Skip to main content

The response to and impact of the Ebola epidemic: towards an agenda for interdisciplinary research

Calnan, Michael, Gadsby, Erica W., Kondé, Mandy Kader, Diallo, Abdourahime, Rossman, Jeremy S. (2017) The response to and impact of the Ebola epidemic: towards an agenda for interdisciplinary research. International Journal of Health Policy and Management, 7 (5). pp. 402-411. ISSN 2322-5939. (doi:10.15171/ijhpm.2017.104)

PDF - Author's Accepted Manuscript

Creative Commons Licence
This work is licensed under a Creative Commons Attribution 4.0 International License.
Download (298kB) Preview Download (298kB)
[img]
Preview
Official URL
http://dx.doi.org/10.15171/ijhpm.2017.104

Abstract

The 2013-16 Ebola virus disease (EVD) epidemic in West Africa was the largest in history and resulted in a huge public health burden and significant social and economic impact in those countries most affected. Its size, duration and geographical spread presents important opportunities for research than might help national and global health and social care systems to better prepare for and respond to future outbreaks. This paper examines research needs and research priorities from the perspective of those who directly experienced the EVD epidemic in Guinea.

Results: This research scoping exercise identified seven key questions for further research. An important research priority that emerged during this study was the need to carry out a comprehensive analysis of the wider social, economic and political impact of the epidemic on the country, communities and survivors. The social and cultural dynamics of the epidemic and the local, national and international response to it need to be better understood. Many survivors and their relatives continue to experience stigma and social isolation and have a number of complex unmet needs. It is important to understand what sort of support they need, and how that might best be provided. A better understanding of the virus and the long-term health and social implications for survivors and non-infected survivors is also needed.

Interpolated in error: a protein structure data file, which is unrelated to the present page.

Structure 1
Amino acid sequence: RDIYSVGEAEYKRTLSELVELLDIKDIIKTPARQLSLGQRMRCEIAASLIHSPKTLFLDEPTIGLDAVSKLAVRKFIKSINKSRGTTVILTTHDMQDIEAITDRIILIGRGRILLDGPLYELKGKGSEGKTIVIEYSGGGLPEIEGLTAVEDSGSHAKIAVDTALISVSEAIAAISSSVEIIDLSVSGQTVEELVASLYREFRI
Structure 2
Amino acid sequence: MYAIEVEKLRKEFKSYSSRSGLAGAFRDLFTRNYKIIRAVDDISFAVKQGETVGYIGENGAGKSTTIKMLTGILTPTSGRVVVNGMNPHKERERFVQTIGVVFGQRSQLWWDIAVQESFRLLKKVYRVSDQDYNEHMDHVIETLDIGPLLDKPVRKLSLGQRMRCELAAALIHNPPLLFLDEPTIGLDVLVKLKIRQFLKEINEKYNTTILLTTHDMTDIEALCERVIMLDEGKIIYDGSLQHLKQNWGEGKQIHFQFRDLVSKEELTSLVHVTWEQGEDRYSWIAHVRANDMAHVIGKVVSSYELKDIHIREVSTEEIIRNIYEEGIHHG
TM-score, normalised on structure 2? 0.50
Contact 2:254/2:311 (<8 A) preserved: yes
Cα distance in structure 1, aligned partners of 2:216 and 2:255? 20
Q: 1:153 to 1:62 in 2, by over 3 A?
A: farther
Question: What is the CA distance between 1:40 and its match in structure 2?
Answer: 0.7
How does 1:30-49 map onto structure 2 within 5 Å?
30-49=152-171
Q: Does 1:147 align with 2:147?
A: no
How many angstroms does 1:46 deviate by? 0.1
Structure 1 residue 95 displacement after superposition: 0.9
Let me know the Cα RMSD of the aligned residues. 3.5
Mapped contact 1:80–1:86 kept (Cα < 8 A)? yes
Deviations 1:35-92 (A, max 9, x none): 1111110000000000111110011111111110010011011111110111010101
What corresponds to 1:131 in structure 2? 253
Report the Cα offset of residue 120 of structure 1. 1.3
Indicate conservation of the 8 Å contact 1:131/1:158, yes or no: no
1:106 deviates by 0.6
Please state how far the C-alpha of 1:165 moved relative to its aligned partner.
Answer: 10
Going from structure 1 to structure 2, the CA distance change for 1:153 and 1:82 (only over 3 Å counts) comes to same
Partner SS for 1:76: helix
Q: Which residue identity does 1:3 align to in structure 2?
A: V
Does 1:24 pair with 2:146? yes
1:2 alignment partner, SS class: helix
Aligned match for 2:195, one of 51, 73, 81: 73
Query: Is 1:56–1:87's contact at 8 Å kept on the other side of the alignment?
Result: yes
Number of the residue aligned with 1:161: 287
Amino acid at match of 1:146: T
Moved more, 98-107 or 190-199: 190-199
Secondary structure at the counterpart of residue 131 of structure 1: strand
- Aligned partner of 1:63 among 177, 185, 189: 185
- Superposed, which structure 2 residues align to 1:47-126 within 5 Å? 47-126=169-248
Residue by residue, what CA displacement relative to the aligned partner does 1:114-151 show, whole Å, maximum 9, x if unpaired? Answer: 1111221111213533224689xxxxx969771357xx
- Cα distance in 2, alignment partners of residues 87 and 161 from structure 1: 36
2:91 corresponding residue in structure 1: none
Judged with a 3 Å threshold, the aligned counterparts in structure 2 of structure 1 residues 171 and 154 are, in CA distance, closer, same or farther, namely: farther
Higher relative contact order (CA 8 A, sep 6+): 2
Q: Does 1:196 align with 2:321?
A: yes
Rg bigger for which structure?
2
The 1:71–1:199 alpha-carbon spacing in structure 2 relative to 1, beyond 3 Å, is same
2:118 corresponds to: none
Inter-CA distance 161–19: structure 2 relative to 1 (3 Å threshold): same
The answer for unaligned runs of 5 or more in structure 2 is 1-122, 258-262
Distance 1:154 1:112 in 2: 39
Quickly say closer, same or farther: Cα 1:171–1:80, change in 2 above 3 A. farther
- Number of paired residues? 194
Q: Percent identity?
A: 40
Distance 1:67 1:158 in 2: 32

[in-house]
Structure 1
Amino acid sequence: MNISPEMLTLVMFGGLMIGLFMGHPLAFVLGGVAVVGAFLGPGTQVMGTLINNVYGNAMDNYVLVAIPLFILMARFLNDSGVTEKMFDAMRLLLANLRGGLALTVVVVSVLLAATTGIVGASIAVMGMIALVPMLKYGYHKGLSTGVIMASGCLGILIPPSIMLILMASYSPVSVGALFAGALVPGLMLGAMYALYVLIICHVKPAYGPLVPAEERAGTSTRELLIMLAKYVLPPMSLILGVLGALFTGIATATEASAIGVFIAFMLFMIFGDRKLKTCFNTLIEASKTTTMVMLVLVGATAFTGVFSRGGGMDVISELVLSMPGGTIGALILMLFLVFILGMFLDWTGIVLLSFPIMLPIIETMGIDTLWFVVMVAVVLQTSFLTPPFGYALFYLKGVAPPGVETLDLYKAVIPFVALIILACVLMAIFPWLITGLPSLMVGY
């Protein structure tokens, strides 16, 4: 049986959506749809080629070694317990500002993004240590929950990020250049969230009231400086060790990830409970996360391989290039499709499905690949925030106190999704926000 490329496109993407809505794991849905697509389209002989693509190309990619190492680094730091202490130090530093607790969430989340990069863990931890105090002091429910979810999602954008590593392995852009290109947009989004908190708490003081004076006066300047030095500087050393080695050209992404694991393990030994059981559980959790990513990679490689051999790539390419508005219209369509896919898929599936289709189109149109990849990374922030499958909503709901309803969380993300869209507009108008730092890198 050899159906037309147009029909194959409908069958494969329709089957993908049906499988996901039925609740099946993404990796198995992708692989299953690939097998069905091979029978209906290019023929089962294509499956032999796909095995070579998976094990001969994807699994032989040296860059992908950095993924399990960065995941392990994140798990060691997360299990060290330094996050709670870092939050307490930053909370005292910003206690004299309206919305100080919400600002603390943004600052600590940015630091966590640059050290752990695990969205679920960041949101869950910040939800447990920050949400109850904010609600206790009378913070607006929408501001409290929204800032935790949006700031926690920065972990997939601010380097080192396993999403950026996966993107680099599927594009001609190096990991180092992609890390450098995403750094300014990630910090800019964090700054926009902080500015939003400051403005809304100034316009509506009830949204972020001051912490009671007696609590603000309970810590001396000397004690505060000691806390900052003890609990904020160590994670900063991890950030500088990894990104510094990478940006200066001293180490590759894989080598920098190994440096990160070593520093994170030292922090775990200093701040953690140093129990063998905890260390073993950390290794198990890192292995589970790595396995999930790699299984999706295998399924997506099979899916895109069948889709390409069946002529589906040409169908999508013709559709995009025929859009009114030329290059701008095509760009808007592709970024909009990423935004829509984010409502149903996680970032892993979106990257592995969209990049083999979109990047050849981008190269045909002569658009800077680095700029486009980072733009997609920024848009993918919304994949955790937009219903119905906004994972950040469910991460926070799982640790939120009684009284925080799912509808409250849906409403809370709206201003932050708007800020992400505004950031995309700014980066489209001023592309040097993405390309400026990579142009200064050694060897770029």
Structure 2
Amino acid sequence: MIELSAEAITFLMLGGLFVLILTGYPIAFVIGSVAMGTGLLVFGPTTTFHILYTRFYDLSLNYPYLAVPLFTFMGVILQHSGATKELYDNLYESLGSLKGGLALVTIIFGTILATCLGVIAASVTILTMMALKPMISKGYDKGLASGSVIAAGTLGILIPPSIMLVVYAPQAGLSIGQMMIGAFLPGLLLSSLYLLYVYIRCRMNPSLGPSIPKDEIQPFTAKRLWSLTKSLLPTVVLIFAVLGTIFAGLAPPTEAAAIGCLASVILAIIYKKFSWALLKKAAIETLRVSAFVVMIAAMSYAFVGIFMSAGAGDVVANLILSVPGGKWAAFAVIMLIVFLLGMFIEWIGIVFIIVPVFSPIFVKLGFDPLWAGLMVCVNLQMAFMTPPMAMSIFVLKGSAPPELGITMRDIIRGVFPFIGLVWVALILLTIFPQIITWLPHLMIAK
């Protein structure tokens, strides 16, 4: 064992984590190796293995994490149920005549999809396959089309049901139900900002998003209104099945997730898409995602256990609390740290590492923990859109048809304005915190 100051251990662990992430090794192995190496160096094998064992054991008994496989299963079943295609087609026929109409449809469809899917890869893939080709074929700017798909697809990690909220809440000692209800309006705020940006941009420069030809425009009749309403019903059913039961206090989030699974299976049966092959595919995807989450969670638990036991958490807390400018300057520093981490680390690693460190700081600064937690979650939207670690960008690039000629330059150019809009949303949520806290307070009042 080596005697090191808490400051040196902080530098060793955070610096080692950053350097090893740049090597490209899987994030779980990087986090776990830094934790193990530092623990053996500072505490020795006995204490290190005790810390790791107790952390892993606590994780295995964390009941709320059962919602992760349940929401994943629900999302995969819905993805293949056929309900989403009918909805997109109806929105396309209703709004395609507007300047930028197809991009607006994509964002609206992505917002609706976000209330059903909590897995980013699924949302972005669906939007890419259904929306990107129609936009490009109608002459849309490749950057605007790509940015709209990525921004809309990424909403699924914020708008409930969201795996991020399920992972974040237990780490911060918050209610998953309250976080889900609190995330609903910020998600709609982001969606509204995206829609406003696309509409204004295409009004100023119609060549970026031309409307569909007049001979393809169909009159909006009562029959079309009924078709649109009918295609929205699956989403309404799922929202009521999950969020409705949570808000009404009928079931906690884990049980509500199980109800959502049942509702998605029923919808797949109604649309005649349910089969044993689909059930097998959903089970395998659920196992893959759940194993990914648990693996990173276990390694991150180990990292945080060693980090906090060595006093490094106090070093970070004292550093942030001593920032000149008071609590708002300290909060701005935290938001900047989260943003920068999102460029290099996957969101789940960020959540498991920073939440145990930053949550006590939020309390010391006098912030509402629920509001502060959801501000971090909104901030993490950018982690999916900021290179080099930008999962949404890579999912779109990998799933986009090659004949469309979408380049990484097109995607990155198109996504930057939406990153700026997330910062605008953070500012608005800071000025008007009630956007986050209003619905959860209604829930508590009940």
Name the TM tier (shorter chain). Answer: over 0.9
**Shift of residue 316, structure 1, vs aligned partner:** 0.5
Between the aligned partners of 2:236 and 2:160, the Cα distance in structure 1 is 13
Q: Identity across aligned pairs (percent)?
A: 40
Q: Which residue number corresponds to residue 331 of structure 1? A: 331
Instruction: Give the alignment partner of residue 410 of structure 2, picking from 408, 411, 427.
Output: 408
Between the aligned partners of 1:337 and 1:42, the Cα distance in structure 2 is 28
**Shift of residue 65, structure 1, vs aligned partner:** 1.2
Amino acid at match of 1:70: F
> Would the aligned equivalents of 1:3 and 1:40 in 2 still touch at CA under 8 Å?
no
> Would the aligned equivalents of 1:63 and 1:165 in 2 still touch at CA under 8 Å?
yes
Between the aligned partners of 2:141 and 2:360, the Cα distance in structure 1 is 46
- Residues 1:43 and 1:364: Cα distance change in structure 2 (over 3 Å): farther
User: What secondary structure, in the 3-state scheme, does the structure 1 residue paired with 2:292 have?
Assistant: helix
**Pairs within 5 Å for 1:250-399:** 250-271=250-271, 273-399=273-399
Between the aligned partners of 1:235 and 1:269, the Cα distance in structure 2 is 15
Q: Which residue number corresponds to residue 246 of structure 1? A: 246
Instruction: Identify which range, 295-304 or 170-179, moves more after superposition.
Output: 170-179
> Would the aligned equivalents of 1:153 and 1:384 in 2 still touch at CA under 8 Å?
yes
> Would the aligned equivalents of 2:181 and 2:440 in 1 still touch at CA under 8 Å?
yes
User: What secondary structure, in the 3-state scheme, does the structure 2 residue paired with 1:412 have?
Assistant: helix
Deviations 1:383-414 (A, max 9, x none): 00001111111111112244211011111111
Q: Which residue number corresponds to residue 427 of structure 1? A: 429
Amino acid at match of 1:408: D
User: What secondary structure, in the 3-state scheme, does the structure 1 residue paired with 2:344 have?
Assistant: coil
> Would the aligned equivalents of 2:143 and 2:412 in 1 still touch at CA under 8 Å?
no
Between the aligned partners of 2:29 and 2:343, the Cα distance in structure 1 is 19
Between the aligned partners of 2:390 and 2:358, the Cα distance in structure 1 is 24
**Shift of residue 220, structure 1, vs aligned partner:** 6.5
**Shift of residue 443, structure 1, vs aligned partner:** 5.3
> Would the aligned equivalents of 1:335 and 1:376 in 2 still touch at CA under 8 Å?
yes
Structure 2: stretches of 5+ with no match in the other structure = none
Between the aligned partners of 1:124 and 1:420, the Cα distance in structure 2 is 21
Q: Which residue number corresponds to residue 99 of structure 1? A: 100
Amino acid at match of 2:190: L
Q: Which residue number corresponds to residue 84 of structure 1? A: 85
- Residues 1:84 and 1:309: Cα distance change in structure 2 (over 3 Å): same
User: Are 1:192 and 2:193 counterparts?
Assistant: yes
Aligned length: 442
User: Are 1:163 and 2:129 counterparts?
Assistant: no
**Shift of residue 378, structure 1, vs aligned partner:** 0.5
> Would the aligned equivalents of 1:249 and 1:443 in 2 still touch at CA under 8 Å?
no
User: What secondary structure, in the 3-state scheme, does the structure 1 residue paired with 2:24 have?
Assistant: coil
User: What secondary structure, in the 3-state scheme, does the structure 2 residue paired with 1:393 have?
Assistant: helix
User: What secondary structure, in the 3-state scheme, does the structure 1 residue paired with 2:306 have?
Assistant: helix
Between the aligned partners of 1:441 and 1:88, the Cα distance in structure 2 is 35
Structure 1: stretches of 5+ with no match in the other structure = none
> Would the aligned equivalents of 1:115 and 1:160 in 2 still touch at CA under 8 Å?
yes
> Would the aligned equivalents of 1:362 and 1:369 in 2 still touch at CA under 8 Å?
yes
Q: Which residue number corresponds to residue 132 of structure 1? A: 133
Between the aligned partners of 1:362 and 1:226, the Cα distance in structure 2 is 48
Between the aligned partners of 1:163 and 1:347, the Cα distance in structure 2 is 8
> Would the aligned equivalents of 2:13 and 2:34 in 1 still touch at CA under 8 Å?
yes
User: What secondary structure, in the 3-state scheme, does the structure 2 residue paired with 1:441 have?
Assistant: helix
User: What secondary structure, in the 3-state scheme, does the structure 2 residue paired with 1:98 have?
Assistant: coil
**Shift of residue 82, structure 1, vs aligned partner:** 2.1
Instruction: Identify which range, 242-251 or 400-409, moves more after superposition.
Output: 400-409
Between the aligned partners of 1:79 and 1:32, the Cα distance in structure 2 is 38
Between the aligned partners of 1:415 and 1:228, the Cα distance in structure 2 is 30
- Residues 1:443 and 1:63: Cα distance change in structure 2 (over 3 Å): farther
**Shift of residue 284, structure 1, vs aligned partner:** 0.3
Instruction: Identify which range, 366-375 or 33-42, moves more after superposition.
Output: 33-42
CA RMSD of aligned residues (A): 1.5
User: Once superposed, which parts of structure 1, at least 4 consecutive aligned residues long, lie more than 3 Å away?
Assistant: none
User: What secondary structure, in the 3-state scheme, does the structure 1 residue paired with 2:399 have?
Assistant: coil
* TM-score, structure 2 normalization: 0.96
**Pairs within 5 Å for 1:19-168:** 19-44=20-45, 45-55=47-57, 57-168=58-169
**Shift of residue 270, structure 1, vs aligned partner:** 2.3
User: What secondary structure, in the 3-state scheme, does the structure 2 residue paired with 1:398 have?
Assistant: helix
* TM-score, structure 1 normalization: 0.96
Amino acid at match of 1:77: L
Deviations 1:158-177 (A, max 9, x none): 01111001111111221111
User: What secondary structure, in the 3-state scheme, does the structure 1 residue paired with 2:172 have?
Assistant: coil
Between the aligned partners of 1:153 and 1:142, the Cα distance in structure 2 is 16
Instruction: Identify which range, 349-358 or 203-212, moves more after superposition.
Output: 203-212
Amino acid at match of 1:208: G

Conclusion: This study identified a need and priority for interdisciplinary research focusing on the long-term socio-cultural, economic and health impact of the EVD epidemic. Experiences of survivors and other non-infected members of the community still need to be explored but in this broader context.

Item Type: Article
DOI/Identification number: 10.15171/ijhpm.2017.104
Uncontrolled keywords: Ebola; Guinea; Research priorities; Survivors; Social impact
Subjects: H Social Sciences
Divisions: Faculties > Sciences > School of Biosciences
Faculties > Social Sciences > School of Social Policy Sociology and Social Research > Centre for Health Services Studies
Depositing User: Michael Calnan
Date Deposited: 21 Aug 2017 08:08 UTC
Last Modified: 06 Feb 2020 04:16 UTC
Resource URI: https://kar.kent.ac.uk/id/eprint/62890 (The current URI for this page, for reference purposes)
Calnan, Michael: https://orcid.org/0000-0002-7239-6898
Gadsby, Erica W.: https://orcid.org/0000-0002-4151-5911
Rossman, Jeremy S.: https://orcid.org/0000-0001-6124-4103
  • Depositors only (login required):

Downloads

Downloads per month over past year